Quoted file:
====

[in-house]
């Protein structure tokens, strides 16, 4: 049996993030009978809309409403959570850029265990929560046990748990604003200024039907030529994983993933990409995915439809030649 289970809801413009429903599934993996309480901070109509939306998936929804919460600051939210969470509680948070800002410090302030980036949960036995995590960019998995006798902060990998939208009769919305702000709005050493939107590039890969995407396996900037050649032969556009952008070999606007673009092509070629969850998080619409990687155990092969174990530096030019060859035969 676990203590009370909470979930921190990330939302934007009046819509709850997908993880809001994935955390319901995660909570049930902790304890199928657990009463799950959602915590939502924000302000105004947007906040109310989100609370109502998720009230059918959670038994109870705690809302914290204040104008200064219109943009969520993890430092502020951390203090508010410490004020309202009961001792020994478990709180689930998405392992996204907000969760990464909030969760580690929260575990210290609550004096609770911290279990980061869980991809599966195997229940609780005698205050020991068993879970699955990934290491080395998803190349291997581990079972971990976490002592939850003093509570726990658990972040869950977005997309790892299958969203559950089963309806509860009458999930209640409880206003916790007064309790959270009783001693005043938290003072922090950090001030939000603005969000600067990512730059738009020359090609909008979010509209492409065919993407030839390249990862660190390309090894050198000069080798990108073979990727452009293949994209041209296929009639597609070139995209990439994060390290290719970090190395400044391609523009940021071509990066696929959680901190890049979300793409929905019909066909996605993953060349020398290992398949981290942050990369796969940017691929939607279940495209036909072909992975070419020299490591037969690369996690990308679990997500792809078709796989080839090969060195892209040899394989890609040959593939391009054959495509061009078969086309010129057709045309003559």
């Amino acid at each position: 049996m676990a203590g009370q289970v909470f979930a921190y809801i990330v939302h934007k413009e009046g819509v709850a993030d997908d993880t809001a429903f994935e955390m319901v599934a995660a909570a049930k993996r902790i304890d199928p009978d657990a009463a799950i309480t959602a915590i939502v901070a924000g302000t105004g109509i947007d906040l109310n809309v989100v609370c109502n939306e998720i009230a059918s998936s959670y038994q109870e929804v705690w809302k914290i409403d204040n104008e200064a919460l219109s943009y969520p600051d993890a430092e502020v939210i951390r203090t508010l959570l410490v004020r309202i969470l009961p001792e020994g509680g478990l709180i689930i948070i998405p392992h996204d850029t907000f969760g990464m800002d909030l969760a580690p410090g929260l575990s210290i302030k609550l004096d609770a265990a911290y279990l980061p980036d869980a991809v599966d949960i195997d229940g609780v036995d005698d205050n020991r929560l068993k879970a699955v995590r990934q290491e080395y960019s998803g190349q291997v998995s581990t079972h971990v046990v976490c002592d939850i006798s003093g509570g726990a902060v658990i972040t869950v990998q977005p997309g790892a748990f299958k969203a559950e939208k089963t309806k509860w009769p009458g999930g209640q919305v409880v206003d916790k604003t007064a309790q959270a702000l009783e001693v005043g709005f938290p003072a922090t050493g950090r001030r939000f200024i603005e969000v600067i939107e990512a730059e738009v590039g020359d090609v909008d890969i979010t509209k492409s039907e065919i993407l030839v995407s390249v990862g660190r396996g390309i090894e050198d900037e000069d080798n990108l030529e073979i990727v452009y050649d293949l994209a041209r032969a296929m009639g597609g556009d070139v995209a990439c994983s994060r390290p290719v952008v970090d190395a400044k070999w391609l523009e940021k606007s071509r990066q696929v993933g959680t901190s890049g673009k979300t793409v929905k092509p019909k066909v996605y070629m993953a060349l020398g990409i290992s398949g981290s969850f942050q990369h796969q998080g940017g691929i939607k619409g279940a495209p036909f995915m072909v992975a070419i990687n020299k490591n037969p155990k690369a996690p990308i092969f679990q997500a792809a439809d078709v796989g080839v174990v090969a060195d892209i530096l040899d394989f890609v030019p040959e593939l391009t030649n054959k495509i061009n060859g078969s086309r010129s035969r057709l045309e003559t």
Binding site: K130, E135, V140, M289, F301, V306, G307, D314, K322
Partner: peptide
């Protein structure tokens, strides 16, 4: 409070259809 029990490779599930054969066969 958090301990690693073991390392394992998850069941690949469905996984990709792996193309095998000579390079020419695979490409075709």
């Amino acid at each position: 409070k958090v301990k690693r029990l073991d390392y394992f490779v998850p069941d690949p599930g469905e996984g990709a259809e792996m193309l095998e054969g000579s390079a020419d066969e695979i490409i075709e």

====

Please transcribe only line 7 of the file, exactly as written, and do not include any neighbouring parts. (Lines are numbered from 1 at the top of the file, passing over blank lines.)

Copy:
């Amino acid at each position: 409070k958090v301990k690693r029990l073991d390392y394992f490779v998850p069941d690949p599930g469905e996984g990709a259809e792996m193309l095998e054969g000579s390079a020419d066969e695979i490409i075709e």